We’ve lost another gay teen.
In the early morning of New Year’s Day, 18-year-old Jeffrey Fehr hanged himself at his family’s Granite Bay, CA, home, reports the Sacramento Bee.
The accomplished teen’s suicide inspired an outpouring of grief at memorial services, attended by almost 1,000 people on Saturday.
“So many people gained strength from Jeff,” his father said at the funeral, looking out at the crowd. “The unfortunate part is that Jeff didn’t realize it.”
His father, Steve, thinks that years of anti-gay bullying was the reason he chose to end his life, though he had recently broken up with a boyfriend and had been treated for depression in the past.
“We will second-guess ourselves forever,” said Steve Fehr. “But we do know that for years and years, people knocked him down for being different. It damaged him. It wore on him. He could never fully believe how wonderful he was, and how many people loved him.”
Though Jeffrey came out as a sophomore and was accepted and embraced by his parents, he was the target of schoolyard abuse as early as the third grade. “He would come home from school and cry,” said older brother Tyler, 21. “He would say he felt alone, that he wasn’t accepted for the things he liked.”
By the sixth grade, classmates would call him “fag.” Jeffrey’s mother, Pati, said seeing her son abused like that “broke her heart”— she and Steve sent him to counseling for depression and tried to build his confidence by encouraging him to pursue art, theater and dance.
High school proved to be no haven. “He would literally hang his head when I dropped him off,” his father recalled. “It was just awful for him.” The taunts continued, and in one instance a classmate upended a lunch tray on Jeffrey as others laughed. Another time, someone painted the Fehr driveway with anti-gay slurs.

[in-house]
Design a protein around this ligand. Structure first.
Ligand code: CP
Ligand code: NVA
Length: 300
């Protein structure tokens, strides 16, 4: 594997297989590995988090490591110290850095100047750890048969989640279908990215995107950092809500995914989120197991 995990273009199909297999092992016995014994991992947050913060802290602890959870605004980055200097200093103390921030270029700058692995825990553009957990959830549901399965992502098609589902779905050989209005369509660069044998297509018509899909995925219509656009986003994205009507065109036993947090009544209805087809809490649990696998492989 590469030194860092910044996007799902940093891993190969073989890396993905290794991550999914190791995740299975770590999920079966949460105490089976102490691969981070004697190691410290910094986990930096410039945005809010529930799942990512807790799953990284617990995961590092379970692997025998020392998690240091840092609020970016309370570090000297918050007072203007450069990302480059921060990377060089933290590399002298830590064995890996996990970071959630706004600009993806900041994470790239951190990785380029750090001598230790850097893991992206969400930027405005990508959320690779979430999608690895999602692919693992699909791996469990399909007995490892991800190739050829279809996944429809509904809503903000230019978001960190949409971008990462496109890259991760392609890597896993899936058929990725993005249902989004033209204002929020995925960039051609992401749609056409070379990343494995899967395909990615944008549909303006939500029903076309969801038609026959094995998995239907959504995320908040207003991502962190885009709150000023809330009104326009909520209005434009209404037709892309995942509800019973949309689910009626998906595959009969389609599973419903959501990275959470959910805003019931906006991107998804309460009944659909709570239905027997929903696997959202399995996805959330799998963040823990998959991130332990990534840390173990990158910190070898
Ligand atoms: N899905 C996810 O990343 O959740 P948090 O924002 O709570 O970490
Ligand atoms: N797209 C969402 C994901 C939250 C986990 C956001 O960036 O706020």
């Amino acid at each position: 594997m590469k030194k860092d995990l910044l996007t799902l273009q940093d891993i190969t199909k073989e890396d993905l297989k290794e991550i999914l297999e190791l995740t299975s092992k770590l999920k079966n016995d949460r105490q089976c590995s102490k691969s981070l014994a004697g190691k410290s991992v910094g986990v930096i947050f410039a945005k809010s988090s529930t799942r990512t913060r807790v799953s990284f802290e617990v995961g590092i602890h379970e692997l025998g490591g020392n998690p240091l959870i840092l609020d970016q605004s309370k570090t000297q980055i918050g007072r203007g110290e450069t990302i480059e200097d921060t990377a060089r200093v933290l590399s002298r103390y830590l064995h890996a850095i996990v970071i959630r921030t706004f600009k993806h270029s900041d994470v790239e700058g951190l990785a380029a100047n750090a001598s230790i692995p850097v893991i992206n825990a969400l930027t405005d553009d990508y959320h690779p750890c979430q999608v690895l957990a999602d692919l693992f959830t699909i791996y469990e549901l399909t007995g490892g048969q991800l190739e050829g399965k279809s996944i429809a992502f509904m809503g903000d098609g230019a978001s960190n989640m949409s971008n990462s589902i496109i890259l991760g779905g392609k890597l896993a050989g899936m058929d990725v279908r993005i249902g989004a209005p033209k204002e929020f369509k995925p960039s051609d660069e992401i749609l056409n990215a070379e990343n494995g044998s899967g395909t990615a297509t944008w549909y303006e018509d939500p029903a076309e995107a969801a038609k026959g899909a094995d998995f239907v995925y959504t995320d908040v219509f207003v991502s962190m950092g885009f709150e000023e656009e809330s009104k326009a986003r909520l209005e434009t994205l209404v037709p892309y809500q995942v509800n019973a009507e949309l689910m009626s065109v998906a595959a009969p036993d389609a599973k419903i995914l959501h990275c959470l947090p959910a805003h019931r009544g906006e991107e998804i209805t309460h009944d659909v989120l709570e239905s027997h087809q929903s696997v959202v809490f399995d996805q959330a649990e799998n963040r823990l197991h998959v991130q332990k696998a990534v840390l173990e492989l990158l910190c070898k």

Cheerleading, it seemed, was Jeffrey’s saving grace. As the Bee reports:
He joined the high school cheer squad, whose members previously had been all girls, and found a community that adored him. As a senior he was the team’s captain, and mastered handsprings, backflips and other feats. Later he joined an elite competitive team.”Cheer gave him a lot of acceptance, because it was something he was really good at,” said fellow squad member Shayla Chock, 16.
Jeffrey’s body grew strong and muscular, and at 6 feet, 3 inches tall he towered over his teammates. He flashed a brilliant smile and had a posse of close friends, mostly girls a couple of years younger than he.
“Jeff loved everyone with everything he had,” said his pal Carly Flajole, also 16. “He always wanted everyone to get along, without drama. He was a leader.”
In the week before his death, he drove to Los Angeles to visit his boyfriend. When he returned, he told his parents they had broken up, but didn’t seem too down about it. Steve and Pati were on their way out of town and urged Jeffrey not to stay at home alone for New Years. He didn’t listen and next day a neighbor found Jeffrey’s body hanging from a rope in the front entry.
While it will never heal their pain, we hope the Fehr family can take some solace from the outpouring of love and support on Saturday.
Photo via RIP Jeffrey Fehr